to testify during a suppression hearing. His lawyers wanted the DNA evidence that the prosecution was relying on, as well as information gathered in a search of his internet history on his computer, to be thrown out. Burns claimed he was unfamiliar with how police questioning works and that his right to an attorney was not adequately explained to him. It would be the only time he would testify in person during court proceedings.
. Expert testimony that the prosecution intended to use to connect that evidence to intent and motive in the killing was also barred.
The judge rules that the DNA evidence gathered from a discarded drinking straw containing Burns’ DNA
. This was a key decision in the case, as the prosecution’s case relied heavily on the DNA link to place Burns at the crime scene.
, a process that
from prosecution witnesses are given in the trial. Prosecutors emphasized the DNA evidence, saying the odds of it being incorrect were astronomical. Spies argued that there were issues in the handling of evidence which meant it didn’t lead to his client. The witnesses were there to establish some background on Martinko’s character.
who had handled the Martinko case over the year to explain what they saw at the crime scene at the time. The retired officers described the amount of blood in Martinko’s vehicle, and where they gathered it from, as well as autopsy details.
, describing the way the evidence was handled and stored in the decades between the murder of Martinko and the arrest of Burns. Defense attorneys pressed back, suggesting that the evidence was not appropriately handled which could have led to contamination.
Prosecution witnesses, including Cedar Rapids Police investigator Matthew Denlinger and an Iowa Division of Criminal Investigation criminalist,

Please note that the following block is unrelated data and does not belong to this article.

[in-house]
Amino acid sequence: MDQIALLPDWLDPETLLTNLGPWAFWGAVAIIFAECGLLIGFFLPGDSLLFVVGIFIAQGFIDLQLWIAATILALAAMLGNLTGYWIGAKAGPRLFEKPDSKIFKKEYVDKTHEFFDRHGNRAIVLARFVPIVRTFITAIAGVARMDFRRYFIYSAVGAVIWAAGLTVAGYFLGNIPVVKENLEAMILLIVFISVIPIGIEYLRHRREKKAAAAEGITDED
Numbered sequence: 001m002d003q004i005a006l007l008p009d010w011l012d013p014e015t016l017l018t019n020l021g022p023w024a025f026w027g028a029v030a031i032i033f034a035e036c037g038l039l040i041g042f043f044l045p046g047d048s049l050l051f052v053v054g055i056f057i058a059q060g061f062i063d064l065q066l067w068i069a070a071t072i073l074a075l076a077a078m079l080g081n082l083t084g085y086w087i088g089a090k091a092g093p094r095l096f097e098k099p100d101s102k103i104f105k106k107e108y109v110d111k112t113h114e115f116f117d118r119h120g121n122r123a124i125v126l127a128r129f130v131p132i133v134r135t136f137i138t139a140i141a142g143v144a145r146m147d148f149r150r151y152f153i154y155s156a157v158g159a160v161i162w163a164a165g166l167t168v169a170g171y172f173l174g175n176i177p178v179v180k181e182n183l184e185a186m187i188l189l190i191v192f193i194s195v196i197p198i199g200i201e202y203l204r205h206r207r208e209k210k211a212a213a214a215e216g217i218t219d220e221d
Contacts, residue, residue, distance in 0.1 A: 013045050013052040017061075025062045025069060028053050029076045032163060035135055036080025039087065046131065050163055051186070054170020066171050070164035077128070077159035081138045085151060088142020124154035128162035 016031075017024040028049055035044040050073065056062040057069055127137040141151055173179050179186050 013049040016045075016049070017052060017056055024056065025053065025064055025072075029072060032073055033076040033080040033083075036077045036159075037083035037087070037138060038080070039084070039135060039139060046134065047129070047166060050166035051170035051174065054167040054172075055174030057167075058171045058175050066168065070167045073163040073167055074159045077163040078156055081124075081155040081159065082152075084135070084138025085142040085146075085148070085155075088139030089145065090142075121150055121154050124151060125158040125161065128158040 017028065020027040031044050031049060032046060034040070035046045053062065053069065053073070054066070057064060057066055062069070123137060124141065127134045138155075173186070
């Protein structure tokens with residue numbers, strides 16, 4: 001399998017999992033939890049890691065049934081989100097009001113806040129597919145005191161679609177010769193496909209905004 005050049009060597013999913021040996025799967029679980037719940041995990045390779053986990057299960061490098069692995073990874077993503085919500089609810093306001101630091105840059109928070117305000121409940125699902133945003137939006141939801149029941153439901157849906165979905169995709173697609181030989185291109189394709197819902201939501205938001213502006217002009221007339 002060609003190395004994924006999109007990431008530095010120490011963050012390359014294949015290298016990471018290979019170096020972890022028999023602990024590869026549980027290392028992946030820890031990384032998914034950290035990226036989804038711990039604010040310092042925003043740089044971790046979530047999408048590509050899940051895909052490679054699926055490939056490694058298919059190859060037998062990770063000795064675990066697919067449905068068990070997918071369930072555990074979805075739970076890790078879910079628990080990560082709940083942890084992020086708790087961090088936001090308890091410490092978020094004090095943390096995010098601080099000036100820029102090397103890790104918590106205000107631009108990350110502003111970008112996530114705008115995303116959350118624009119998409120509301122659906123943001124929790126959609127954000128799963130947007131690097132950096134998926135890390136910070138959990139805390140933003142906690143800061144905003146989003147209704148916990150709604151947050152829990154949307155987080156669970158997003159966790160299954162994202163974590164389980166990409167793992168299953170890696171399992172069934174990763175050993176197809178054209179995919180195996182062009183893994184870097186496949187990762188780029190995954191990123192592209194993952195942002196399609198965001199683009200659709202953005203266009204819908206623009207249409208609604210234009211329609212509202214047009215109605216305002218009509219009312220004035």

. Denlinger talked about the use of the DNA phenotyping technology, as well as making links in Burns’ family tree, in addition to pushing back on the defense’s assertions of mishandling of evidence. The criminalist, Michael Schmit, talked about the process of matching the DNA gathered from the restaurant straw to Burns.
. In it, he denied being at the crime scene in 1979 but couldn’t explain how his DNA could have gotten there.
Testimony from the prosecution wrapped up,
in the back seat of a police car after his arrest. The video has long periods of silence, but it shows Burns wondering aloud whether he could have blocked out the memory of the crime.
It’s the defense’s turn, and Spies called only one witness:
. Spence said it was not his opinion that Burns’ DNA got to the crime scene from a secondary transfer, but left open the possibility when pressed by Spies. The defense rested without Burns testifying.
, a criminalist from the Iowa DCI, in order to push back against the previous day’s testimony from Spence, saying the state lab’s handling of the evidence had not led to any undue contamination. Spies moved for a mistrial after objecting to the way one of the prosecutors asked a question about Burns’ blood.
Both sides presented closing arguments during the first part of the day.
, and word of a verdict came shortly before 4:00 p.m.